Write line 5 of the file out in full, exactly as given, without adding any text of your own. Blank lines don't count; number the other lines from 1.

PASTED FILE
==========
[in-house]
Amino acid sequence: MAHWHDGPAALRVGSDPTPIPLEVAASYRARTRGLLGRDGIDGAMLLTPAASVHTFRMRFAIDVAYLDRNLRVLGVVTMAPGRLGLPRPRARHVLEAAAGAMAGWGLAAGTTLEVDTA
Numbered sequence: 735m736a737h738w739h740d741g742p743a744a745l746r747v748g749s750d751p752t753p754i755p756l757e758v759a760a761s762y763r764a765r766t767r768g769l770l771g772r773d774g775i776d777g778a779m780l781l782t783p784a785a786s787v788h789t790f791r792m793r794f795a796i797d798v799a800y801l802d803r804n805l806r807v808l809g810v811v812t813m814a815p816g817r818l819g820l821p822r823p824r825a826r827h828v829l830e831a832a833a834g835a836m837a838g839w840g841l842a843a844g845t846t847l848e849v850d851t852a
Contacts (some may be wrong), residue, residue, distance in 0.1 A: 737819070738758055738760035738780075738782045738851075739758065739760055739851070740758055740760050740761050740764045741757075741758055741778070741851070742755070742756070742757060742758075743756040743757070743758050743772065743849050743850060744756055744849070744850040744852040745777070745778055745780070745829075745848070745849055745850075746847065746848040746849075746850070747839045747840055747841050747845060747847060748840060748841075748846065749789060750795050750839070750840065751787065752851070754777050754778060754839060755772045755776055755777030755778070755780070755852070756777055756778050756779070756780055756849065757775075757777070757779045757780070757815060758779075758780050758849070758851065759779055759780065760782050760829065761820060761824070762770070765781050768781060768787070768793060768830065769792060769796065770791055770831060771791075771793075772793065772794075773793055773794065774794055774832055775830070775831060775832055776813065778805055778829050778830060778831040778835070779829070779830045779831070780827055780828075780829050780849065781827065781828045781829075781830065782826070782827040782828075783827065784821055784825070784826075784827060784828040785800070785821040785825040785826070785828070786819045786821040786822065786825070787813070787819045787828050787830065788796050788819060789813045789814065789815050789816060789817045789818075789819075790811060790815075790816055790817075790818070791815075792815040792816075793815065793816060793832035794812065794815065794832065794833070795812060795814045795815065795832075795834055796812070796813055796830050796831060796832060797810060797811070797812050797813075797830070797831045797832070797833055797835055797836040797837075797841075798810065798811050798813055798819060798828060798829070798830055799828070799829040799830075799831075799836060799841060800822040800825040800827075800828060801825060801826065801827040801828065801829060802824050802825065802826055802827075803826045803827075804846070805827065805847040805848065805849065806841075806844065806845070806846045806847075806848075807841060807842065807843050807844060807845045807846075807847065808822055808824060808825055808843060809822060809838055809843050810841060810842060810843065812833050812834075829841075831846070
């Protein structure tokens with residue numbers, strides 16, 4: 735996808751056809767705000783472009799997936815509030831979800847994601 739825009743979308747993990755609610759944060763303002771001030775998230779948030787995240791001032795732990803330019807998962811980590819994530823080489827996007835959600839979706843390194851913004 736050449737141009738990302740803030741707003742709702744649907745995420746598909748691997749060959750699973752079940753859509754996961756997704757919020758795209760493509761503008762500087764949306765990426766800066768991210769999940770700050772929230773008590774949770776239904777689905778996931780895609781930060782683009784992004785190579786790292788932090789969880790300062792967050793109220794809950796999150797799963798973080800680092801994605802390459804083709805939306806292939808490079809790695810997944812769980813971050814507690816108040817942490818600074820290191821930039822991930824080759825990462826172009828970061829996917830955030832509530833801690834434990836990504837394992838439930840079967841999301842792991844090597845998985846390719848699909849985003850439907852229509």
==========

């Protein structure tokens with residue numbers, strides 16, 4: 735996808751056809767705000783472009799997936815509030831979800847994601 739825009743979308747993990755609610759944060763303002771001030775998230779948030787995240791001032795732990803330019807998962811980590819994530823080489827996007835959600839979706843390194851913004 736050449737141009738990302740803030741707003742709702744649907745995420746598909748691997749060959750699973752079940753859509754996961756997704757919020758795209760493509761503008762500087764949306765990426766800066768991210769999940770700050772929230773008590774949770776239904777689905778996931780895609781930060782683009784992004785190579786790292788932090789969880790300062792967050793109220794809950796999150797799963798973080800680092801994605802390459804083709805939306806292939808490079809790695810997944812769980813971050814507690816108040817942490818600074820290191821930039822991930824080759825990462826172009828970061829996917830955030832509530833801690834434990836990504837394992838439930840079967841999301842792991844090597845998985846390719848699909849985003850439907852229509």